When breast cancer patients get chemotherapy before surgery to remove their tumour, it can make remaining malignant cells spread to distant sites, resulting in incurable metastatic cancer, according to the results of a new study.
The main goal of pre-operative (neoadjuvant) chemotherapy for breast cancer is to shrink tumours so women can have a lumpectomy rather than a more invasive mastectomy. It was therefore initially used only on large tumours after being introduced about 25 years ago. But as fewer and fewer women were diagnosed with large breast tumours, pre-op chemo began to be used in patients with smaller cancers, too, in the hope that it would extend survival.
But pre-op chemo can, instead, promote metastasis, scientists concluded from experiments in lab mice and human tissue, published in Science Translational Medicine.
The reason is that standard pre-op chemotherapies for breast cancer affect the body’s on-ramps to the highways of metastasis (the spread of cancer to other parts of the body), said biologist John Condeelis of Albert Einstein College of Medicine, senior author of the new study.
Called ‘tumour microenvironments of metastasis’, these on-ramps are sites on blood vessels that special immune cells flock to. If the immune cells hook up with a tumour cell, they usher it into a blood vessel. Since blood vessels are the highways to distant organs, the result is metastasis.
What the study found about metastasis
As part of the study, the scientists analysed tissue from 20 breast cancer patients who had undergone pre-op chemo (12 weeks of paclitaxel and four of doxorubicin and cyclophosphamide). Compared to before the chemo, the tumour microenvironment after treatment was more conducive to metastasis in most patients. In five, it got more than five times worse. No patient’s microenvironment got less friendly to metastasis.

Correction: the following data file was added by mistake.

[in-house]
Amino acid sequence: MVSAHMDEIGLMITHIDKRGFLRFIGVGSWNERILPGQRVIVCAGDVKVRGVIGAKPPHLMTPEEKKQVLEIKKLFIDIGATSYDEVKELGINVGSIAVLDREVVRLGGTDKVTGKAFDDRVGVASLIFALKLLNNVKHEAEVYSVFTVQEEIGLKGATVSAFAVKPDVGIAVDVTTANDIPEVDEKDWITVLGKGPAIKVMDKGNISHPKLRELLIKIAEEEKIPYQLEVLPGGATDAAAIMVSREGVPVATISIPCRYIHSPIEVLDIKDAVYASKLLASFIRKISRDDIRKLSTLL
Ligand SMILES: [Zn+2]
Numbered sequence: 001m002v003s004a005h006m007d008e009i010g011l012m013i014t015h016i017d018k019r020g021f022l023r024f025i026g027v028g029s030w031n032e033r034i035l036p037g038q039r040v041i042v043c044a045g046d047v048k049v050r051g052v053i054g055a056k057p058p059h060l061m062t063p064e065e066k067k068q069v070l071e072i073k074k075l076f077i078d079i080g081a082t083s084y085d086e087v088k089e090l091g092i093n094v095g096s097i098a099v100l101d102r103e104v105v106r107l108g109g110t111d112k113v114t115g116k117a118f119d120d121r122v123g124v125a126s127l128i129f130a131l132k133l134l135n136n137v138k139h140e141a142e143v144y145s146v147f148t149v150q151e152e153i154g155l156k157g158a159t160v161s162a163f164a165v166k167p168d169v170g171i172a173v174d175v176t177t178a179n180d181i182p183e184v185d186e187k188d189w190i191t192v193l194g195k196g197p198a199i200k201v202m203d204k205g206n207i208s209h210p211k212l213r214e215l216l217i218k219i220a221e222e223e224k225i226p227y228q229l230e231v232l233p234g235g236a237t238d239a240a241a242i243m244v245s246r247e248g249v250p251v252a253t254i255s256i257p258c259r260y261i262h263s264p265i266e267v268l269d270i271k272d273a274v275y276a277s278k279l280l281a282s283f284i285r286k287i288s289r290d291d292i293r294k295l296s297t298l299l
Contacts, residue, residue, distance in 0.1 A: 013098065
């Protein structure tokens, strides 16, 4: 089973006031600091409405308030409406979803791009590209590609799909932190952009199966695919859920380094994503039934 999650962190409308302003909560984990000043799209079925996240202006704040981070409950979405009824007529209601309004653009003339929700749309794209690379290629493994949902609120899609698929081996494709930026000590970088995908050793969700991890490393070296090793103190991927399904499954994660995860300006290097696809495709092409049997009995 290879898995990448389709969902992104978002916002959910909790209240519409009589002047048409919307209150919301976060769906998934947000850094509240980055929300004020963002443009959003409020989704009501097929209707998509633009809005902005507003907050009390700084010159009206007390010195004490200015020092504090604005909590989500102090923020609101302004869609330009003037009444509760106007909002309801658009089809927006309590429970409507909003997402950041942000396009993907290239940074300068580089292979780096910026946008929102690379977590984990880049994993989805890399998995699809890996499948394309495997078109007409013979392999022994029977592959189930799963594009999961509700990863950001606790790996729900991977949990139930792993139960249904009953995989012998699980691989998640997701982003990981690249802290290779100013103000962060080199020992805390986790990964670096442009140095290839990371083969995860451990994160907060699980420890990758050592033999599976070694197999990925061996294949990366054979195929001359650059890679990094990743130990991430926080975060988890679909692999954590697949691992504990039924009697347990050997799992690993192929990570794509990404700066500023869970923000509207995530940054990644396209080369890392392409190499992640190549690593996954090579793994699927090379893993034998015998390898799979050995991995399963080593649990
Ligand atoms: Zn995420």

But fortunately, not all breast cancer patients have the kind of tumour microenvironment in which pre-op chemo can promote metastasis.
A drug that is still in development may be able to block the on-ramp to the metastasis highway and these same scientists are also investigating if it can improve outcomes in metastatic breast cancer.
This an abridged version of an article originally published on statnews.com
NBCF note: We have received a number of enquiries from the general public regarding this story. NBCF would like to clarify that the article reports results obtained from studies in laboratory mice as well as a small number of patient tissue samples. In small studies such as this it is often difficult to extrapolate results to clinical care and it is unclear what the clinical significance of this study may be at this early stage. Neoadjuvant chemotherapy is an effective and internationally accepted treatment for breast cancer, particularly for triple negative and HER2-positive breast cancer, and patient outcomes do not differ when compared to adjuvant chemotherapy in multiple large patient studies (Level 1 evidence). Women and men affected by breast cancer should always refer to their treating physician to discuss what treatment options are best for their specific situation.